The first day of Ragbrai. I had this same problem trying to write about it last year. How does one describe it? You can’t – each participant’s adventure is a different one.
My cold felt better this morning but my joints were achy – what can you do? Jack and I were out of tents relatively early in order to get our gear reorganized so the Ragbrai trucks could take it as a single piece, instead of 4 panniers (accomplished through duffel bags brought by Phil). I decided to carry my netbook and by now-beloved (and possibly fragile) tent fan with me in one pannier, which actually made my packing even easier. It was very straightforward to load them onto the Ragbrai truck – sweet.
Then out onto the road, and into the Amazon River of cyclists that is Ragbrai. All makes and models of bikes, riders, and apparel. All levels of fitness, although most riders do at least some training. Strange calling all the time, “Rider on!” “On your left!” (which is a euphemism for “Get out of my way!” “Car up!” and the ever popular “Rumbles!” (a warning about rumble strips).
We passed through the small Iowan towns of Silver City, Carson, Griswold, Lewis, and Atlantic, all in about 60 miles of riding. There is a fair amount of climbing involved, more than 4,000 feet, but all in short 200 and 300 foot hills, with nothing very steep.
Jack and I stopped in Silver City for breakfast from none other than “Mr. Pancake.” Despite being duly impressed at the efficiency of their ability to turn out hundreds of pancakes per minute, I rate them about 4 on the Kimmie scale. Good textures and decent size, but no flavor (lacks vanilla or cinnamon or salt or buttermilk or anything) and low score on their syrup (brown colored sugar water).
In Carson Jack and I had decided to eat lunch, but I think I arrived first and so waited by the roadside for Jack to pass. After ½ hour I knew that either Jack had arrived first or that I’d missed seeing him, and finally thought, heck, this is Ragbrai. We both know it’s impossible to stay with someone unless your attached with a rope. I rolled into town, picked up a barbecue sandwich lunch, two Sprites, and a Coke, and then found Jesse, so we sat on the sidewalk watching the parade for a while.
Just after Carson, I pulled up from Jesse when I passed a sign announcing “Frozen Slushies.” These turned out to be wine-based margaritas with intensely good flavor (so intense I needed water as a side). As I worked on mine, a band worked on setting up gear and doing a sound check, so pretty soon I got interested in them. It turns out they sounded pretty good and had a few catchy original songs. Unfortunately, it was not easy for riders to see this opening in the corn without turning their heads backwards, and as a result, only 3 cyclists sat listening to the band, and two of them were passed out on haybales. Pretty soon even those two left, so I made a bigger deal out of my applause, ordered another margarita, and they called out that they were playing for their “Army of One.” The band’s name was something like Scoletta Eceterra – something like that. I need to look them up on I-Tunes.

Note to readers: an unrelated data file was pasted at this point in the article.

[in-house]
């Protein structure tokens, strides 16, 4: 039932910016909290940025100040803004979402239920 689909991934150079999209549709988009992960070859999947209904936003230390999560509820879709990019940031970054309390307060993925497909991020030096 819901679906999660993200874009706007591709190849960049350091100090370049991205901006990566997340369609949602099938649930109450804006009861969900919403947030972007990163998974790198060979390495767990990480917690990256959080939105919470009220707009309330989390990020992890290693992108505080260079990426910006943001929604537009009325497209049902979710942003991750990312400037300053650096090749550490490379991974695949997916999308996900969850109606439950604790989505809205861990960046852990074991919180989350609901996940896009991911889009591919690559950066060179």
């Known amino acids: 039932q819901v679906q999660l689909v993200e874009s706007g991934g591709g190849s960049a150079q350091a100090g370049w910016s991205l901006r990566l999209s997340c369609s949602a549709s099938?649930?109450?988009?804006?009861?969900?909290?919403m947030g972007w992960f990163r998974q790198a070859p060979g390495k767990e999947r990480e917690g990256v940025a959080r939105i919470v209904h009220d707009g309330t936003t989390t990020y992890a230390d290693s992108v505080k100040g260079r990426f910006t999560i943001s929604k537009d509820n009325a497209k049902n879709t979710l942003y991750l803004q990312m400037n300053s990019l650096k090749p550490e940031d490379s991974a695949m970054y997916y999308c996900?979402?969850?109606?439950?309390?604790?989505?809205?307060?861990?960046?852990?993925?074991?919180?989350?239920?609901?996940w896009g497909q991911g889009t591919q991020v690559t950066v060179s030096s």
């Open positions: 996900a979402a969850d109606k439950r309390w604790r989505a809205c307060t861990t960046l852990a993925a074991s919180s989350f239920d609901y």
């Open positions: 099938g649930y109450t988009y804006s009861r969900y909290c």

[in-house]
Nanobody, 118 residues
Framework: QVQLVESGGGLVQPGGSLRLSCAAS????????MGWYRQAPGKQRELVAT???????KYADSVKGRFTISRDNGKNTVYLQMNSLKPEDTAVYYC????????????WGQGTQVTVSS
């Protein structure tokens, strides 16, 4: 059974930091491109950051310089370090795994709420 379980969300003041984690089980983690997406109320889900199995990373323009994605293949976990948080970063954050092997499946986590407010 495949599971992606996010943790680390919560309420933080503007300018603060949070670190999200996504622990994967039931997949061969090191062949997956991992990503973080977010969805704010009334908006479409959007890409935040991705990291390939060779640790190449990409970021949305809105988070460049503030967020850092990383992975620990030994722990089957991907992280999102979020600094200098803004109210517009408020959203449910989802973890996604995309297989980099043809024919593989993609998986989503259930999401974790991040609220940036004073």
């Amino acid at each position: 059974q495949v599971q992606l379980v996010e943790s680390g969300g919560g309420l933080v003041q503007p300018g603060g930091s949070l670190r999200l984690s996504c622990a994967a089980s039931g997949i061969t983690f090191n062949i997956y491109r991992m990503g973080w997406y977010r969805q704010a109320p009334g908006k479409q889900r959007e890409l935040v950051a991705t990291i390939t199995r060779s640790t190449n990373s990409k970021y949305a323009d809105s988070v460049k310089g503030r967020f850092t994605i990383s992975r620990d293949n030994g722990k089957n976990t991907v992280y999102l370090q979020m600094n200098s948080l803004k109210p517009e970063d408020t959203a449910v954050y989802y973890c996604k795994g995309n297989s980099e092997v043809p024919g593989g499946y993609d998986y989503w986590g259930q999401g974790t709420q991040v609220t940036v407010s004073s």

Rode with Roger for a while, who was happily drunk from multiple beers. Watched a Glee-like group sing on a stage in Lewis. Ramped up the riding pace with a girl from Ames, up around 18 mph. Darlene finally saw me and called out, so I pulled over and sat with her and a couple friends under a tree. This gave me a chance to eat a slice of rhubarb pie I was saving for tent food later tonight.
In to Atlantic, our destination town for the night. Grabbing my duffel from the Ragbrai truck was super easy – I spotted it in about 8 seconds. Then finding a tent site was almost just as easy – I found one within 2 minutes. I called Jack but got no answer, just about the time I heard him call out my name. He and Jesse were set up in the outfield of a ballfield, so we soon headed out to explore and a Mexican dinner. Relatively fast service, OK Meixcan food, and margaritas – not too bad in a small town swamped with 20,000 cyclists. We figured we’d come out pretty good.
So here I sit in my green pod again. We are tenting on a rocky stream bank that is encircled with yellow tape that says, “Caution – Do Not Enter” on it. If something happens to me, it will happen to the two humdred other tenters beside me.
After day 1, Ragbrai is great. It is giving us a wonderful break. Greatly reduced bike weight, drafting of hundreds of cyclists, six or seven built-in stops with food and water (or any other beverage). Having done Ragbrai last year, I am falling into the party-rhythm of it all much easier this year. Bring on Day 2.